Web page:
We run our own projects, working in partnership with local groups and individuals, but also contribute to the project work of other local organisations, museums and heritage organisations across London.
For advice and support about your heritage project, contact us and we’ll do our best to help you identify the right partners and funders.
Hackney 300,000 BC: Meet the Neanderthal neighbours and curious creatures of the borough’s Old Stone Age
Hackney is of national and even international importance in understanding life in the Palaeolithic (Old Stone Age). Not only is it one of the richest sites for archaeological finds from this time, with over 3000 objects discovered, but it also provides a rare glimpse into a past environment.
This exhibition (coming February 2023) will allow you to get hands on with objects hundreds of thousands of years old, and explore the world of the mysterious people who made them. Learn about the animals they lived amongst, including the world’s largest ever land mammal, the straight-tusked elephant. And learn the stories of the eccentric figures who rediscovered this rich history in the borough.
- Collecting experiences of the pandemic in Hackney
- Autograph, 2016-17
- Stik, 2016-17 – Hackney Museum worked with world renowned local artist Stik to design a new banner for Pride 2016.
- Access All Areas, 2016-17
- Jewish Stamford Hill, 2016
- Home, 2016
- Stormont House Centenary, 2015-16
- Picture Taking, 2015
- Hackney City Farm at 30, 2015
- Retired Caribbean Nurses and the NHS, 2014
- Our Museum, 2012-16
Disability and access projects
People with learning difficulties and/or physical disabilities are well represented generally within the majority of our community exhibitions, but we also work with local people, groups and organisations to co-develop projects, programmes and exhibitions specifically related to the experiences of people with learning difficulties and/or physical disabilities in Hackney today and in the past.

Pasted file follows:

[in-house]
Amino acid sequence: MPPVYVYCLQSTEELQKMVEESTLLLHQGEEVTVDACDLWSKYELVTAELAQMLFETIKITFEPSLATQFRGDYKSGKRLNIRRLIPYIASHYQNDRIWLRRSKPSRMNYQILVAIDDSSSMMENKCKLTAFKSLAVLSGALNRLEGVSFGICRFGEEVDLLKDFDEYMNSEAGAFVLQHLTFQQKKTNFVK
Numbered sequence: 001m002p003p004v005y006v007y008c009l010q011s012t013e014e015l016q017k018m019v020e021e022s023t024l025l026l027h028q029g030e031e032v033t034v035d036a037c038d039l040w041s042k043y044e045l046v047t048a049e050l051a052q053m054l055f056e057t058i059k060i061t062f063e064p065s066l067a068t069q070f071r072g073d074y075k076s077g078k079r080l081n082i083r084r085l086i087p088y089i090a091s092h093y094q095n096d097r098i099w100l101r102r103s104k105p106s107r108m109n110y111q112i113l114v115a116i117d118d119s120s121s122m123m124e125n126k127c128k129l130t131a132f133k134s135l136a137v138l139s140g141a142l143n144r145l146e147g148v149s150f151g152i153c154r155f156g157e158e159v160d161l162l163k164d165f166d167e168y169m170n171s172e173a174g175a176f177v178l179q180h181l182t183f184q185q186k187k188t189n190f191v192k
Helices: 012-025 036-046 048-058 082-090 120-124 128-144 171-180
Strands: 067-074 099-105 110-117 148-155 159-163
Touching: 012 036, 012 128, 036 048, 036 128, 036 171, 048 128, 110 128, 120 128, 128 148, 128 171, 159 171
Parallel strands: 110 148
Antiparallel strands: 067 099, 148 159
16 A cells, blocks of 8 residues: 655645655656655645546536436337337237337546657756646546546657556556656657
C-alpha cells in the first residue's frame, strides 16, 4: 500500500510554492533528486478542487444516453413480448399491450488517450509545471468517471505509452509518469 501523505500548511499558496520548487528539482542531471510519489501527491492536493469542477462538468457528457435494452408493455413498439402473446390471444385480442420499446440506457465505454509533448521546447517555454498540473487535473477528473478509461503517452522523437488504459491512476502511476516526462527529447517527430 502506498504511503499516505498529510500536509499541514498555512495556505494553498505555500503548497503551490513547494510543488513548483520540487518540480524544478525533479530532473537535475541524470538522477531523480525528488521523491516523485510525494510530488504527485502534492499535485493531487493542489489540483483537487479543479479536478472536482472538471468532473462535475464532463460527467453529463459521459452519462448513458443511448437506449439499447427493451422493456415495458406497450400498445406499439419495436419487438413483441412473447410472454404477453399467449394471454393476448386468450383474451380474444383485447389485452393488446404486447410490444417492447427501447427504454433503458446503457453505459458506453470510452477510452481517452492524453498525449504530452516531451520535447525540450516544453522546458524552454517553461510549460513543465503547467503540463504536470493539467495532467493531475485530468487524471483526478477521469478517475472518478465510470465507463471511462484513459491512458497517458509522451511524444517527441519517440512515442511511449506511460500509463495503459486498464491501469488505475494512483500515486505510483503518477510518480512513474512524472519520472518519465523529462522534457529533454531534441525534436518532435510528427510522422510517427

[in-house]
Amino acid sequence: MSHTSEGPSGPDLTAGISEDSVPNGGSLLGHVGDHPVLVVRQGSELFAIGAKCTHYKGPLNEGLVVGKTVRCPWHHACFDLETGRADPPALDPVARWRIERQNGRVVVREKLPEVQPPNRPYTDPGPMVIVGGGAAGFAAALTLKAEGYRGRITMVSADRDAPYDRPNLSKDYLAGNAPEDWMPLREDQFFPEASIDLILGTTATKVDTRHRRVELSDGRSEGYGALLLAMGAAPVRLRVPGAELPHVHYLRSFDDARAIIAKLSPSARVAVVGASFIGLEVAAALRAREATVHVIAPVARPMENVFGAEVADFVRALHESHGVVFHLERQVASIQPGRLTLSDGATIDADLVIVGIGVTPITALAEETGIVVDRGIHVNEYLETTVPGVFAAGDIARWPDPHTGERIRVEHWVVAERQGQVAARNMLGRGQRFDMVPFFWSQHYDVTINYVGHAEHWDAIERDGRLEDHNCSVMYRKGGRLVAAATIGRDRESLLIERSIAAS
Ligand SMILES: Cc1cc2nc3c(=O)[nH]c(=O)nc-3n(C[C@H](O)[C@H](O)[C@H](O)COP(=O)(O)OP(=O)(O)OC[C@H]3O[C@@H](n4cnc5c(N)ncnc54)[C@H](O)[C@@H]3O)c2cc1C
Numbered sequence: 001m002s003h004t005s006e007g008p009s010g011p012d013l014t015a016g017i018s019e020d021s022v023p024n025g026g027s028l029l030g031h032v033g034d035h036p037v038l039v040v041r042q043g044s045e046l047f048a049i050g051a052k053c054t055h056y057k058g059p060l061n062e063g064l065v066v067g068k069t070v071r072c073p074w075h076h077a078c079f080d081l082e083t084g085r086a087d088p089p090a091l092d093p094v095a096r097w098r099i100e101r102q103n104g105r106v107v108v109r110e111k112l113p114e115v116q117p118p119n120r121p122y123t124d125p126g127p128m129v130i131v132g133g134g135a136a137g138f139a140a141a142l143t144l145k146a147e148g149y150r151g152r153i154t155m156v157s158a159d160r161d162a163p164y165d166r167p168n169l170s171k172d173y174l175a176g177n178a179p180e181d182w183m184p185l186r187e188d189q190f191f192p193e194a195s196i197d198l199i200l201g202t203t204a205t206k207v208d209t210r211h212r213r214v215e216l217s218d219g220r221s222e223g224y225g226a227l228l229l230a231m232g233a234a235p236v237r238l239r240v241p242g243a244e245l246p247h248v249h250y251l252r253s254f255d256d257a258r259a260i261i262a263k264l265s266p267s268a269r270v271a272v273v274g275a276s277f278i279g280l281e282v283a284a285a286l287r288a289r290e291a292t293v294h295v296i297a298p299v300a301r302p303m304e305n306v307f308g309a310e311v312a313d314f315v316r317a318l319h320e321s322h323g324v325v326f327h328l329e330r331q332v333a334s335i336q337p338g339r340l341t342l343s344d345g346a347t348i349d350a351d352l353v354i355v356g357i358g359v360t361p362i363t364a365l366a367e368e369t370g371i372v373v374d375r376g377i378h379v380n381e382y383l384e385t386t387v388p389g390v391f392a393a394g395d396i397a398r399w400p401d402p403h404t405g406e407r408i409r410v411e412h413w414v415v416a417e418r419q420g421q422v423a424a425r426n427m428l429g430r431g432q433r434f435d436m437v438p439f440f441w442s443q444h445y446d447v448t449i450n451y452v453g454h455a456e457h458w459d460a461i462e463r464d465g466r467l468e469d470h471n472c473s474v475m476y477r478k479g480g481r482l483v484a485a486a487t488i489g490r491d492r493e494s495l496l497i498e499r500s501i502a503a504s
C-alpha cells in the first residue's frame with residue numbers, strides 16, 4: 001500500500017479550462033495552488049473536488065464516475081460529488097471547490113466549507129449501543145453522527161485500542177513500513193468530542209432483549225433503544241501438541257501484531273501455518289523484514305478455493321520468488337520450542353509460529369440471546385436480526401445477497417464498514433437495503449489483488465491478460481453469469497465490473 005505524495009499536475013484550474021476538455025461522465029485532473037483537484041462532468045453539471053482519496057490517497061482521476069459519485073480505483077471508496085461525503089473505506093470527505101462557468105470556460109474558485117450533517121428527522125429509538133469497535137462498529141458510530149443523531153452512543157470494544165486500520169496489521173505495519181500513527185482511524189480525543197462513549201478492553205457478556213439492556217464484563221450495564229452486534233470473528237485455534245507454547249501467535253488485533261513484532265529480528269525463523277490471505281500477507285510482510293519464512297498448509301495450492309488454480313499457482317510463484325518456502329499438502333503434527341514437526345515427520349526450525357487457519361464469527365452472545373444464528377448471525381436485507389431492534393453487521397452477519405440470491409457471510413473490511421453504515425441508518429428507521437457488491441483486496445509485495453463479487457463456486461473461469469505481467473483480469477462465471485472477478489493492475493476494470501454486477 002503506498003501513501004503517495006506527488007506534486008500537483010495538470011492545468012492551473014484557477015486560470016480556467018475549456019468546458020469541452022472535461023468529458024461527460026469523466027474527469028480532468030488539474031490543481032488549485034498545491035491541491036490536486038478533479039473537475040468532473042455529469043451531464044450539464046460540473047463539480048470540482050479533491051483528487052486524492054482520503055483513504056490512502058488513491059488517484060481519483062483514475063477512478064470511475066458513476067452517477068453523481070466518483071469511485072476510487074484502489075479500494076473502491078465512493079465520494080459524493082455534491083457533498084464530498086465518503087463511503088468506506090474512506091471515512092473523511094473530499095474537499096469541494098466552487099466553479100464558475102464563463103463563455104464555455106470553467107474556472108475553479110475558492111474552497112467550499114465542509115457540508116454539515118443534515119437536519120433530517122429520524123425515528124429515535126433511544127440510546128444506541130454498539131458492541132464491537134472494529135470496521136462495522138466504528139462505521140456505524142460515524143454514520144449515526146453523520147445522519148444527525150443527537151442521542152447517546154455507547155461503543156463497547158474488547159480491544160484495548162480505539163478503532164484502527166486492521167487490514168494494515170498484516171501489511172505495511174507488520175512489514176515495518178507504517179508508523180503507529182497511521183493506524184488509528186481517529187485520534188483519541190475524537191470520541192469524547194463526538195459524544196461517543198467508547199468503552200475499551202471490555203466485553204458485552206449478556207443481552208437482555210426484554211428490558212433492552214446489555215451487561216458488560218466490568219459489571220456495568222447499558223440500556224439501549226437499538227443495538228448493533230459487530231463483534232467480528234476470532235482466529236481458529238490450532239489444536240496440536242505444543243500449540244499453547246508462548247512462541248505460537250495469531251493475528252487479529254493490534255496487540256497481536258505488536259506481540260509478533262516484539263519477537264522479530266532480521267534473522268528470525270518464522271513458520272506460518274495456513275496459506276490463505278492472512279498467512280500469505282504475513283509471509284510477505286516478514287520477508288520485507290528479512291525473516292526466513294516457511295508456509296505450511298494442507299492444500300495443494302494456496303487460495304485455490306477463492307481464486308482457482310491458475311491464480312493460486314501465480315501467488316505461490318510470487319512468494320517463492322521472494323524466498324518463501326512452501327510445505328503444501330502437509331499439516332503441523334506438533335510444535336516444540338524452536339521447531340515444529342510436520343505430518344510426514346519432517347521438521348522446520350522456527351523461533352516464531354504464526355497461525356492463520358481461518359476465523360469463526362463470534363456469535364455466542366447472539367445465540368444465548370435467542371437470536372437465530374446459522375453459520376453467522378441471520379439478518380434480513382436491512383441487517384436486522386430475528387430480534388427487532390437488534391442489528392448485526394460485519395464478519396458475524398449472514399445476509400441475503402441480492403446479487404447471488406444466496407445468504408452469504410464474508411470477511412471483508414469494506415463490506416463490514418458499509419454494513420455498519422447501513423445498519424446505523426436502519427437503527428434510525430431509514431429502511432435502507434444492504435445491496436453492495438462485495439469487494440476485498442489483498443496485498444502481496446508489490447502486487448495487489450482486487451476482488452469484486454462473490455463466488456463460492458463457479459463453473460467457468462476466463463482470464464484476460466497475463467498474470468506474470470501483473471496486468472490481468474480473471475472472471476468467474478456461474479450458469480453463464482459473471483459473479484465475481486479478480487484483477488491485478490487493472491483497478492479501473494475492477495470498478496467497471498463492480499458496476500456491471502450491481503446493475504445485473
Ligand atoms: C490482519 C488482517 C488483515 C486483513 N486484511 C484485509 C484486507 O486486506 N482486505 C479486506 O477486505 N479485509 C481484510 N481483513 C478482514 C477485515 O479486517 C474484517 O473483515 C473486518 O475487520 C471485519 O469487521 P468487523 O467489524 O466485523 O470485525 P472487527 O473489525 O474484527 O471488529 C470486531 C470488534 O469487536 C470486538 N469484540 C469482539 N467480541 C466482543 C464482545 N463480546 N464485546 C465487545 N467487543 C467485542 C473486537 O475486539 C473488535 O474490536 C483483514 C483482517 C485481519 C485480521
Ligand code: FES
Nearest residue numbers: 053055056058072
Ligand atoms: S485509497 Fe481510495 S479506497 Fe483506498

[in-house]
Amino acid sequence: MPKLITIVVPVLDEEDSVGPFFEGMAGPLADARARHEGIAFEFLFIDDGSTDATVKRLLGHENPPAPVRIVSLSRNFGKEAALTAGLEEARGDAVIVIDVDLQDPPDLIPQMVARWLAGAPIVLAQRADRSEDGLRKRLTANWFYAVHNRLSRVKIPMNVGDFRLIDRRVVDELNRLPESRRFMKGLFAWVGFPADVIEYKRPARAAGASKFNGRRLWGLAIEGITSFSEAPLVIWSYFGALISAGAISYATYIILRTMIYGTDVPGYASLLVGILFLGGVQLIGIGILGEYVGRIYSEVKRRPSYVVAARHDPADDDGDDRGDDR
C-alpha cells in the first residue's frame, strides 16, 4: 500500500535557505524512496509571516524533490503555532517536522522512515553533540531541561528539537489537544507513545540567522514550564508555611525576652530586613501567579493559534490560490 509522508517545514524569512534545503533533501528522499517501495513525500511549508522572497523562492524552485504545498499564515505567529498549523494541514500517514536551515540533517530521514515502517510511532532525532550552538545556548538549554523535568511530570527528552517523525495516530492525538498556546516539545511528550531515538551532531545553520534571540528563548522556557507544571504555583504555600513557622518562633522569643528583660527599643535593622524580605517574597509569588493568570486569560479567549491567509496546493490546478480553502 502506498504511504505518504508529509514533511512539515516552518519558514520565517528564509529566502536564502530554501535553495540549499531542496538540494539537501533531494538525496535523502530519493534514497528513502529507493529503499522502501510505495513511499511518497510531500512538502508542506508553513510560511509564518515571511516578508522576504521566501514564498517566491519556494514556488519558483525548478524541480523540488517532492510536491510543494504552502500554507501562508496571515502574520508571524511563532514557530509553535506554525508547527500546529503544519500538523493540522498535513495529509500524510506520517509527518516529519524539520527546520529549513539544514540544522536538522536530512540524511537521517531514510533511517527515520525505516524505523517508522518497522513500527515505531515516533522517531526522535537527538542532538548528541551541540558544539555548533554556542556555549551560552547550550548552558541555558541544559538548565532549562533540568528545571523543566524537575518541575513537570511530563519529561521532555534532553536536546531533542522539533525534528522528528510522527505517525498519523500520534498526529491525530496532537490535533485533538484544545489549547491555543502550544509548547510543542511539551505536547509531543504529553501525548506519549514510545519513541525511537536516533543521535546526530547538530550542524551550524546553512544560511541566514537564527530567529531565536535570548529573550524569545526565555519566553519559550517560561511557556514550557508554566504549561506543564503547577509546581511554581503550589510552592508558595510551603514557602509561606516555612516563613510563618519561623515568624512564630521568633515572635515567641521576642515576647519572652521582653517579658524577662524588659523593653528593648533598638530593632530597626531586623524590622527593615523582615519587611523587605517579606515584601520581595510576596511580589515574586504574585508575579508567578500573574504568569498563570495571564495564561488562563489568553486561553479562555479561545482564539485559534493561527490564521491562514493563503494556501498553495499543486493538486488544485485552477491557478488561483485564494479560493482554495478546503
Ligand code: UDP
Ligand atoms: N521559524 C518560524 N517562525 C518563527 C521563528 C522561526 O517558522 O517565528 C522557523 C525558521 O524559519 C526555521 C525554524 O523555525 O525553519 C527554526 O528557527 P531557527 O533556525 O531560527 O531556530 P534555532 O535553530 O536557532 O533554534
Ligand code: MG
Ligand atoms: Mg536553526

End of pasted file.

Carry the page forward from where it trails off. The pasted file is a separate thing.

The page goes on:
LGBTQI+ history in Hackney 2017
To mark LGBT month last February, we launched a crowdsourced project to map, record and share the borough’s rich LGBTQI+ history and culture, highlighting times and places where significant and personal LGBTQI+ history was made in Hackney.
You can also help us build our collections by donating your personal records, photos, artefacts and memories to the museum so we can get a better picture of this important but often overlooked history. If you’ve got material you’d like to donate please visit our Donate an Item page.
Hello Cazenove, 2014
What does community mean to you? Hello Cazenove was a range of events and activities around Cazenove Road and North East Hackney which contributed to an exhibition at the museum in January 2014.
Mapping the Change, 2010-12
As one of 5 boroughs to host the London Olympic and Paralympics Games in 2012, Hackney is at the forefront of momentous change. Mapping the Change recorded the changes to local people’s lives.
Allen Road project, 2008
In 1972, Richard Scott photographed the whole length of the north side of Allen Road, N16. His slides have been digitally reconstructed to make a complete panorama. In 2008, Hackney Museum worked with Richard, and local residents, to create a new Allen Road panorama.
Abolition ’07: Commemorating the abolition of the transatlantic slave trade, 2007
Museum staff worked extensively with members of the African-Caribbean community in Hackney to devise and develop an exhibition, a documentary, a theatre performance and poetry based interactive tours for visiting school groups.
We also commissioned new artwork, art projects for local groups and this film in response to the parliamentary abolition of the slave trade.
I Love Hackney, 2006
An exhibition asking local celebrities why they loved the area in response to the Channel 4 television show, The Best and Worst Places to Live in the UK. Hackney residents also rose to defend their borough and an extraordinary 10-year civic pride campaign was born. Watch this film to see some of the responses.
Customising the iconic ‘I Love NY’ branding, ‘I Love Hackney’ was emblazoned on hundreds of thousands of badges, bags and posters. Driven by Hackney Council, it has been worn proudly by residents and visitors ever since, and customised to promote improvements from recycling and clean streets to public health.
London Museums Hub refugee heritage project, 2004-7
We worked with members of three Kurdish community organisations, Day-Mer, Halkevi and KCC, over three years to record aspects of Kurdish culture and heritage, and created a loan box of objects that schools can borrow and other educational resources for teachers.